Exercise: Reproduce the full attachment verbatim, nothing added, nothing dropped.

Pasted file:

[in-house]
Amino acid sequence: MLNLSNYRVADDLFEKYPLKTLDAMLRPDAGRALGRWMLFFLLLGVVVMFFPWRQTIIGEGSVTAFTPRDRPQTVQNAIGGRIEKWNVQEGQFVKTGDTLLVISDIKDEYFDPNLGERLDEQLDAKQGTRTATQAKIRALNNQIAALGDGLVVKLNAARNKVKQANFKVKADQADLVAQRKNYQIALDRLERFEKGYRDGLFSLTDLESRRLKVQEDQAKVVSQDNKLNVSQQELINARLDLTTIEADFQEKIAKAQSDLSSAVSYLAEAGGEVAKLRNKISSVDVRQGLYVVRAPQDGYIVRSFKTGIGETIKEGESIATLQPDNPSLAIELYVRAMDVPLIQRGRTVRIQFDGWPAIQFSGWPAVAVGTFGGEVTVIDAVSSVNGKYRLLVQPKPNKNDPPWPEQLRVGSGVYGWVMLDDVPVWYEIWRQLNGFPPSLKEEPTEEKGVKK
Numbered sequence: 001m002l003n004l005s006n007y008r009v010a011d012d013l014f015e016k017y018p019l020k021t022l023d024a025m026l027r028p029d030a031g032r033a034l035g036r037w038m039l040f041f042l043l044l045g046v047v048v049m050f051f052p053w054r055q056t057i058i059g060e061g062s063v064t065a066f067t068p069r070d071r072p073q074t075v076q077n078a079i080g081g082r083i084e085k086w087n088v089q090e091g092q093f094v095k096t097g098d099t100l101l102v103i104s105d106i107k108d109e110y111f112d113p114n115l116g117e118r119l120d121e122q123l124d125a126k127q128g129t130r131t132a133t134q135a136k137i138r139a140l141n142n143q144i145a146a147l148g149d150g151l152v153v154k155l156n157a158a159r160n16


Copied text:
[in-house]
Amino acid sequence: MLNLSNYRVADDLFEKYPLKTLDAMLRPDAGRALGRWMLFFLLLGVVVMFFPWRQTIIGEGSVTAFTPRDRPQTVQNAIGGRIEKWNVQEGQFVKTGDTLLVISDIKDEYFDPNLGERLDEQLDAKQGTRTATQAKIRALNNQIAALGDGLVVKLNAARNKVKQANFKVKADQADLVAQRKNYQIALDRLERFEKGYRDGLFSLTDLESRRLKVQEDQAKVVSQDNKLNVSQQELINARLDLTTIEADFQEKIAKAQSDLSSAVSYLAEAGGEVAKLRNKISSVDVRQGLYVVRAPQDGYIVRSFKTGIGETIKEGESIATLQPDNPSLAIELYVRAMDVPLIQRGRTVRIQFDGWPAIQFSGWPAVAVGTFGGEVTVIDAVSSVNGKYRLLVQPKPNKNDPPWPEQLRVGSGVYGWVMLDDVPVWYEIWRQLNGFPPSLKEEPTEEKGVKK
Numbered sequence: 001m002l003n004l005s006n007y008r009v010a011d012d013l014f015e016k017y018p019l020k021t022l023d024a025m026l027r028p029d030a031g032r033a034l035g036r037w038m039l040f041f042l043l044l045g046v047v048v049m050f051f052p053w054r055q056t057i058i059g060e061g062s063v064t065a066f067t068p069r070d071r072p073q074t075v076q077n078a079i080g081g082r083i084e085k086w087n088v089q090e091g092q093f094v095k096t097g098d099t100l101l102v103i104s105d106i107k108d109e110y111f112d113p114n115l116g117e118r119l120d121e122q123l124d125a126k127q128g129t130r131t132a133t134q135a136k137i138r139a140l141n142n143q144i145a146a147l148g149d150g151l152v153v154k155l156n157a158a159r160n16